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GAZA CITY, Gaza Strip — “Hey, chocolate,” “Hey, cappuccino,” “Hey, Galaxy [brand of chocolate],” “Hey, brown one”

Dark-skinned Palestinian children stand outside one of the entrances of Temple Mount, Sept. 10, 2008. (photo by Rachael Strecher/joshberer.wordpress.com)

and “Hey, black one,” are jocular expressions used by some in Gaza when a man, woman or child of African descent passes by. Sometimes the racism is expressed nonverbally through looks. Gazans, however, seem unaware of this racism.

Al-Monitor met with political activist Samah al-Rawagh, 33, at her home and asked her whether she experienced any discrimination due to her skin color. She made light of the matter. Yet, when her father Ahmad al-Rawagh, 80, recounted incidents he had experienced involving racism, Samah was shocked. “That’s the first time I’ve heard such stories from you,” she said.

“I struggled a lot to overcome the difficulties caused by the color of my skin. I always had to doubly prove myself at school, at work and in life, because I’m dark-skinned,” Ahmad said.

He said that they are originally from Sudan. His ancestors came at the beginning of the 20th century and lived in Palestine — in a village called Roubin, neighboring Jaffa — until 1948, when they were forced to migrate to the Gaza Strip. "But I never felt that I did not belong here. Palestine is the homeland I have always known, and is a homeland to about 10,000 other dark-skinned people in the Gaza Strip."

Ahmad remembers when he was a teacher in the late 1950s, and one of his colleagues invited everyone, except him, to a wedding. “That day, I felt embarrassed, and I decided that no one in my family would go through such an experience,” he said.

Ahmad, who managed to complete his education, also participated in handball competitions abroad in the 1960s. “I didn’t want the color of my skin to be an obstacle for me or my children. I put them through private schools, so that they didn't hear anything that would offend them.”

Samah agreed with her father and added, “I never felt that the color of my skin made me different from others. I always had the best toys and clothing. I studied in a private school, and I felt that people liked me. Sometimes, I heard comments that bothered me, but this is the first time I’ve heard about my father’s suffering.”

Samah did not deny that she has been hearing more discriminatory words recently, but she denied that it is about hate. “I hear phrases such as ‘Hey, Galaxy.’ But I sometimes feel that it’s banter, rarely for the purpose of harassing me,” she said.

Oral history

There are no clear historical sources that speak about the African minority in Gaza, but there is an oral history passed down by families from one generation to the next. Journalist Ali Bakhit, 28, said that he learned from his great-uncle that his family originally comes from Ghana.

"Africans first entered Palestine during the Islamic conquests, specifically when Caliph Omar ibn al-Khattab entered Jerusalem, accompanied by a number of Africans. African communities from Chad, Nigeria, Sudan and Senegal came in the late 19th century, either for worship or to participate in the resistance," Bakhit noted in an interview with Al-Monitor.

According to Gaza Through History, a book by Ibrahim Sakik, wealthy families in the Gaza Strip participated in the slave trade hundreds of years ago. Another book, Delighting in the Wealth of Gaza's History, notes that some of the residents of the Palestinian village of Berbera were dark-skinned people who came from Morocco.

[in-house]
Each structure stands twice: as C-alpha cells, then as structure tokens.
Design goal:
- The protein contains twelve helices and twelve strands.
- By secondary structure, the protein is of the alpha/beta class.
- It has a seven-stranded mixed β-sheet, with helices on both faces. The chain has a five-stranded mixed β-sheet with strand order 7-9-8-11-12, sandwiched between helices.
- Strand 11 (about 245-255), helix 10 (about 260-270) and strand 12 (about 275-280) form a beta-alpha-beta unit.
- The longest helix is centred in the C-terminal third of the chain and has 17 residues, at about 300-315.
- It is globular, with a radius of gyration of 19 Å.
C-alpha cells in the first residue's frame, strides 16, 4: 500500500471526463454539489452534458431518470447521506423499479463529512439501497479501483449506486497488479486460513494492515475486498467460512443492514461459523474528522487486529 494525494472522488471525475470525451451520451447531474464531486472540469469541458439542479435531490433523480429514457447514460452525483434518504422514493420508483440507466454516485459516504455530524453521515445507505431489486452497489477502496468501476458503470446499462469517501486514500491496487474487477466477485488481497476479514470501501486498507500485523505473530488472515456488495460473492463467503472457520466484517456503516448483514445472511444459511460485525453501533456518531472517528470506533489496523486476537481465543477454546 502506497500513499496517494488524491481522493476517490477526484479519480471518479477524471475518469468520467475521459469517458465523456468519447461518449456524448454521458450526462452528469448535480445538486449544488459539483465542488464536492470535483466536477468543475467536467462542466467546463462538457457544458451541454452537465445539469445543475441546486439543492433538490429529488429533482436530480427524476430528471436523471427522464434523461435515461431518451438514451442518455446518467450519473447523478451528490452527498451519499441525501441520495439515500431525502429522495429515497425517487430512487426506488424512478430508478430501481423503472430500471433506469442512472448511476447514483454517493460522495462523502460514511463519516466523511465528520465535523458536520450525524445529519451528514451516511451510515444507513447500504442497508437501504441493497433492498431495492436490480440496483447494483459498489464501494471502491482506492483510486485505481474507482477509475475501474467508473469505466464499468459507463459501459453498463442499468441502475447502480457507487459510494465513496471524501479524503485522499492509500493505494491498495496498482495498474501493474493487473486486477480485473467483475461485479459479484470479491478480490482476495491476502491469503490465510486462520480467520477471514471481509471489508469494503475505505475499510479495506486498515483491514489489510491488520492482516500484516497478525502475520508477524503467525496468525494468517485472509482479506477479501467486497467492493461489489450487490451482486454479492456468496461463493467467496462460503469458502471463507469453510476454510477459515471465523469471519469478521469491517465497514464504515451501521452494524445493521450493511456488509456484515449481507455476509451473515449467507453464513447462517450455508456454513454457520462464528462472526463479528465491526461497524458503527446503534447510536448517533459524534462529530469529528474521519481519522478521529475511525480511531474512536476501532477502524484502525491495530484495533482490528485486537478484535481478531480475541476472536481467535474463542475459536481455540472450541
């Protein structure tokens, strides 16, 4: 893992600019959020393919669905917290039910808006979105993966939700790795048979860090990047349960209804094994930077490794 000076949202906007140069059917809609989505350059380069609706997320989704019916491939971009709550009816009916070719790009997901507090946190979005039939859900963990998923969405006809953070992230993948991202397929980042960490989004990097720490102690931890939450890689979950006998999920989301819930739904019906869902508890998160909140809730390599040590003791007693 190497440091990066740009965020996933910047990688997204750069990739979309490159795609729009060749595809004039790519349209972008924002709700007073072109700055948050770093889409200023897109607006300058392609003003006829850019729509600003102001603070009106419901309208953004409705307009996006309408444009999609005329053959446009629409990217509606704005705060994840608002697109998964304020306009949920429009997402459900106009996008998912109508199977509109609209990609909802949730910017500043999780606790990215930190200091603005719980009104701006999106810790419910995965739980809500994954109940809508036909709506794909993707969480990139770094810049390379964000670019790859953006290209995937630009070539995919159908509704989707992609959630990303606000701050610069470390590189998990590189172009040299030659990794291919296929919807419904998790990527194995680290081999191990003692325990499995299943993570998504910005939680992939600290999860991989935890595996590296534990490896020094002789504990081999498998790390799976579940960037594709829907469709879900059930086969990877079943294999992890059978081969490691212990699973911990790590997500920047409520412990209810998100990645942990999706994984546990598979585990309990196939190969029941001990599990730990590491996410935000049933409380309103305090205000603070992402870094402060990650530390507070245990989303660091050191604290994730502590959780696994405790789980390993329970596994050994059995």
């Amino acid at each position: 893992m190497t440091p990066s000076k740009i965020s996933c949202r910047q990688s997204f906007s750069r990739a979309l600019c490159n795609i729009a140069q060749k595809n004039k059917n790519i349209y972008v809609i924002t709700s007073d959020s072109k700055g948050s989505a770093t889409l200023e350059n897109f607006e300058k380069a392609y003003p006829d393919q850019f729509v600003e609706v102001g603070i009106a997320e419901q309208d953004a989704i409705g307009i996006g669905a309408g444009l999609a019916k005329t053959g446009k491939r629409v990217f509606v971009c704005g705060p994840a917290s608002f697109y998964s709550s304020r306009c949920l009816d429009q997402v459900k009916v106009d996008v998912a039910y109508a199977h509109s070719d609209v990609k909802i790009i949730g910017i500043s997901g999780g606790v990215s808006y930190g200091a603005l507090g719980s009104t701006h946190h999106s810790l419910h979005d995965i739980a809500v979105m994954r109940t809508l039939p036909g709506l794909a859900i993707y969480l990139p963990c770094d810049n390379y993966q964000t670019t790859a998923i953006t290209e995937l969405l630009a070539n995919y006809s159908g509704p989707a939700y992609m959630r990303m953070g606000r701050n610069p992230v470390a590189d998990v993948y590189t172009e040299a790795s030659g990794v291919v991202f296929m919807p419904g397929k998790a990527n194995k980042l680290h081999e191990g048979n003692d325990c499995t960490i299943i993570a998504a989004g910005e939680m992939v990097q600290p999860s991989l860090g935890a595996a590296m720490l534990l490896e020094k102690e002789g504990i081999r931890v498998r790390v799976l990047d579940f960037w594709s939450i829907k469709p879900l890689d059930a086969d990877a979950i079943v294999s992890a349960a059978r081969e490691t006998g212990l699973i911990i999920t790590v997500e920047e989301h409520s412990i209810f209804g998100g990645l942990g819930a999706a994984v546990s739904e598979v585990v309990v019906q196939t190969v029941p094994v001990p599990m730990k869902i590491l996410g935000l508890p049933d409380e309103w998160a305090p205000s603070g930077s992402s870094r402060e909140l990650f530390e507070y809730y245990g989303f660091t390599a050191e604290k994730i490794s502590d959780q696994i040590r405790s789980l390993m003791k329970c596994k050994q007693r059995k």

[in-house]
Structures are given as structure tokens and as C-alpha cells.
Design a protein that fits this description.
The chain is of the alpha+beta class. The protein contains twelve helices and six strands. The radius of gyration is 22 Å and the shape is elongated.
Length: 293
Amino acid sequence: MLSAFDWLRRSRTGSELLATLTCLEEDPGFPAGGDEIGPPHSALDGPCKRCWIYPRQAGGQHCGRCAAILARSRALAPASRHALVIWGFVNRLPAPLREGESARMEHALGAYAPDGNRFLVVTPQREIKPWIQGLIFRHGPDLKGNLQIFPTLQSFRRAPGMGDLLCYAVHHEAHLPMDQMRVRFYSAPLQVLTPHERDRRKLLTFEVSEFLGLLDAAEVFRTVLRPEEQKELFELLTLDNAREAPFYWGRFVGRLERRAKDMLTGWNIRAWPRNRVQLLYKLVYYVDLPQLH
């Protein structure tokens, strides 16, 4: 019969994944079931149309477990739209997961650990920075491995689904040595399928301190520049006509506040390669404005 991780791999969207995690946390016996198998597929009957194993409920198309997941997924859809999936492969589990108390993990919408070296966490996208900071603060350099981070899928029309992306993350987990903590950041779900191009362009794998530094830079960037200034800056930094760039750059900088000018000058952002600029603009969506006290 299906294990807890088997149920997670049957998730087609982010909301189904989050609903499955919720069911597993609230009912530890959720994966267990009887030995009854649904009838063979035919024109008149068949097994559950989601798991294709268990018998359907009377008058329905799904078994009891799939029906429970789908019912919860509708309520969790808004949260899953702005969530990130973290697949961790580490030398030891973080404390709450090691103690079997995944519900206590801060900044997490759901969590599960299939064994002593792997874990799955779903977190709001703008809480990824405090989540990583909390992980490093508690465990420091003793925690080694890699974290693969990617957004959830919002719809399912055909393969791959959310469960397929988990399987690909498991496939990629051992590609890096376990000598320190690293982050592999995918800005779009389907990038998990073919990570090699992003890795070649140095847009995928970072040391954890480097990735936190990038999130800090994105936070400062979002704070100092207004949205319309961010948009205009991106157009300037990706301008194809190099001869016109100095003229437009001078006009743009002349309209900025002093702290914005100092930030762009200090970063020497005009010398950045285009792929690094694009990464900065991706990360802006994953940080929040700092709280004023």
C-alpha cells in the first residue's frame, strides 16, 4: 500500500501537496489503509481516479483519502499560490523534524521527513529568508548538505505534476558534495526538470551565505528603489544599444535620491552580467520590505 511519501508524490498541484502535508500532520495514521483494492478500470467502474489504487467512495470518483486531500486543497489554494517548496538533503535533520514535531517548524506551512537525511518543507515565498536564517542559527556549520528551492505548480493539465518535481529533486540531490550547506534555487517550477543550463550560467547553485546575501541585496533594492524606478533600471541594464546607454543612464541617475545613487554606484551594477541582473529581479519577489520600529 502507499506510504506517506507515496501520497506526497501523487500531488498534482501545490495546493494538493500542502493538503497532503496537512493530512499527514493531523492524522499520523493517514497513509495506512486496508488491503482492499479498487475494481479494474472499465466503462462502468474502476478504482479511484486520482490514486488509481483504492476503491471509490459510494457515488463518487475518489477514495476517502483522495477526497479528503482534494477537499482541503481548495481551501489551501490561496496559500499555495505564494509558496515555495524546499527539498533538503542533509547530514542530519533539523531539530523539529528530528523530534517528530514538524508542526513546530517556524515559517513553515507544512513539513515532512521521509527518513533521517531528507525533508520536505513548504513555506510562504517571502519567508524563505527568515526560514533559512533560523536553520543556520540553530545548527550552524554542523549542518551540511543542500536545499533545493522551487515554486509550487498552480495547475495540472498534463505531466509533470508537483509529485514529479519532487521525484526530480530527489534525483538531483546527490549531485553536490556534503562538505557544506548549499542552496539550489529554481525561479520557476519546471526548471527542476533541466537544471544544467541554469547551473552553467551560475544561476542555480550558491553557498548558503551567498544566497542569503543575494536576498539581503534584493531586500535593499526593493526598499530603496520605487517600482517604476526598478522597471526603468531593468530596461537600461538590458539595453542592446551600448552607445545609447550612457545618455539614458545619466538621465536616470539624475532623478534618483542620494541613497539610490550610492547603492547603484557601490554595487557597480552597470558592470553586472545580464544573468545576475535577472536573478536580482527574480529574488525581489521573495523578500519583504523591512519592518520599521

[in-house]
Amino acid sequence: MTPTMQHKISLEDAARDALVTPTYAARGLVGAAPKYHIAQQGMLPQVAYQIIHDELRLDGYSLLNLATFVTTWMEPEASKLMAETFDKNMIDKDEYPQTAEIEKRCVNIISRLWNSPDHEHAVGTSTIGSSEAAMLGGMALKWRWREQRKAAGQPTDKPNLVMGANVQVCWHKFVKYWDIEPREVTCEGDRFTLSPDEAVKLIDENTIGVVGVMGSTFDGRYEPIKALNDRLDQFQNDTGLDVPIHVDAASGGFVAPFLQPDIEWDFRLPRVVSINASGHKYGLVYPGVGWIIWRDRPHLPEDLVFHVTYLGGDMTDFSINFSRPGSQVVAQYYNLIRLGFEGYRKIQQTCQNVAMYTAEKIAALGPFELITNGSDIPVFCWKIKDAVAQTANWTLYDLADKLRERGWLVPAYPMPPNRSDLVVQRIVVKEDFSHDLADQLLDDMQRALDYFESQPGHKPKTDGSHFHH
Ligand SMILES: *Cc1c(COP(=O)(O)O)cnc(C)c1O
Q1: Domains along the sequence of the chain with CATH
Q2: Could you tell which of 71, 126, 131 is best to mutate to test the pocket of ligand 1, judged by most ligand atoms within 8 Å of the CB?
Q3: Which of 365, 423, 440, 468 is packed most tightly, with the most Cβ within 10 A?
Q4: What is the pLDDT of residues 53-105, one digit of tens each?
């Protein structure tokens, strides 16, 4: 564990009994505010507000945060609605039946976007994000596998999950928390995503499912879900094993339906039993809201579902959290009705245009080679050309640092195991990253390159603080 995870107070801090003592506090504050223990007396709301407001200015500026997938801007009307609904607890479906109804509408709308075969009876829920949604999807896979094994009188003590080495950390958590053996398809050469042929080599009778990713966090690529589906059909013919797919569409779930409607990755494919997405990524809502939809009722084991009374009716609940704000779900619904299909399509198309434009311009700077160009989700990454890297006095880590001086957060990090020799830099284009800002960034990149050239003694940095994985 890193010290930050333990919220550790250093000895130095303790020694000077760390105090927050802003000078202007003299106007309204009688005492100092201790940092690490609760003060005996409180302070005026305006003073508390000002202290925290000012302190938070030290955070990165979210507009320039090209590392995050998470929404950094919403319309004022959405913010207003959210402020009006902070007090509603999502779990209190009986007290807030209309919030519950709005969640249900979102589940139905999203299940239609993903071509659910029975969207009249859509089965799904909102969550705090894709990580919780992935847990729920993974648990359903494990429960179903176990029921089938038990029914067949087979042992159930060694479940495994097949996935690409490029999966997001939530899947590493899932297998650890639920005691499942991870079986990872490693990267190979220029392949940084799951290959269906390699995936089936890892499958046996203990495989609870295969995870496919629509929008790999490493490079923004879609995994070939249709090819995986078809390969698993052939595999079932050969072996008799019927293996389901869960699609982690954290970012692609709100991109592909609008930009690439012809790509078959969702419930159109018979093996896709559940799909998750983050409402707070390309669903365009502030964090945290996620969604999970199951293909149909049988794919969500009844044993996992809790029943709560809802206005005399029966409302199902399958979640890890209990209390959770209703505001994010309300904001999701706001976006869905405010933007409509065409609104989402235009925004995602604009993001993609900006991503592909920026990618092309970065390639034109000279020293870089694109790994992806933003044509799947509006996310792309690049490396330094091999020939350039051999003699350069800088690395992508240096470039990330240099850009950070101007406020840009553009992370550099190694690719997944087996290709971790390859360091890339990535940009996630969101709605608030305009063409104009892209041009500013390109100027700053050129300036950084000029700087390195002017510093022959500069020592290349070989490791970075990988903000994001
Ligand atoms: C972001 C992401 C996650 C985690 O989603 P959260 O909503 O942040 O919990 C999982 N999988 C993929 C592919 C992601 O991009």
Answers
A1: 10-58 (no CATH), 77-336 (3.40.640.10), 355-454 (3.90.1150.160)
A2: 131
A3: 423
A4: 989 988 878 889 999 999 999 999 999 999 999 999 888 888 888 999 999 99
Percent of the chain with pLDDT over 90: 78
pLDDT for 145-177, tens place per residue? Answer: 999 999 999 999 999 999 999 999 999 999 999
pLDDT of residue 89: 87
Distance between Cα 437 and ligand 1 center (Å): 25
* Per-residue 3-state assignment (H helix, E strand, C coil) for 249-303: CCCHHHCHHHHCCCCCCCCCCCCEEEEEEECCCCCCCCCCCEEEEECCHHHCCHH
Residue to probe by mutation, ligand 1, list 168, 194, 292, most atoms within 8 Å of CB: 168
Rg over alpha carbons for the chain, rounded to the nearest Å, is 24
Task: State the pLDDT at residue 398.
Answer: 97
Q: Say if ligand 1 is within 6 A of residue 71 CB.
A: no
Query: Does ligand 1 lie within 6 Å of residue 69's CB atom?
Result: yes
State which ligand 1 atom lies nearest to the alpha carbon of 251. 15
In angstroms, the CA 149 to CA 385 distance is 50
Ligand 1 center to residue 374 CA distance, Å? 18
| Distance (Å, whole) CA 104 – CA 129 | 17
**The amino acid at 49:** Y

Al-Monitor asked multiple historians about the African minority, yet most of them noted that there were no books dealing with their history. "The majority of families with dark skin in Gaza originate from Sudan and Egypt, many of them came to work in the Ottoman Empire's army hundreds of years ago," noted Palestinian historian Salim Moubayed, speaking to Al-Monitor by phone.

The "black neighborhood"

Next to the Rawagh family’s home there is an entire area on Jala Street inhabited by dark-skinned Gazans. The people and taxi drivers refer to it as the “black neighborhood” or the “dark-skinned neighborhood."

Mohammed Abu Rashed, 13, who is a talented soccer player and dreams of becoming like Lionel Messi, recounted his experience to Al-Monitor. “At school, they say ‘Hey, chocolate,’ but I don’t pay attention to them.” His friend Ahed, 17, interrupted and said, “Liar. We do get bothered.” Ahed pointed to a white boy with colored eyes riding a bicycle around them and said, “That boy, for example, always says to us ‘Hey, brownie. Hey, chocolate.’” The white boy smiled and responded, “Because I like you.”

Abed al-Rawagh, 21, who works at a grocery store at the neighborhood’s entrance, told Al-Monitor that racism affects his business. “I don’t feel discriminated against until a white girl or woman comes to buy from the grocery store. As soon as she sees me, she changes her mind about buying and leaves. There’s a widespread belief that a black man would harm her. That offends me.”

The future

Bakhit, who lives in the Nuseirat camp in central Gaza, recalled an incident with one of the security services in Gaza after the split in 2007. “The policeman looked inside a taxi and ordered the two dark-skinned men inside, us, to step out. So my brother and I stepped out, and we headed to the search location. After they made sure that we weren’t suspects, we went back to the car. I felt very insulted. The driver asked me why. I told him ‘It seems we are now in Chicago!'”

Yet despite this, Bakhit maintained that he is happy in Gaza and that he feels that he belongs here. "I'm not worried about my son's future growing up in this society," he said.

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Comment by Bilal Mahmud المكافح المخلص on August 21, 2014 at 3:05pm

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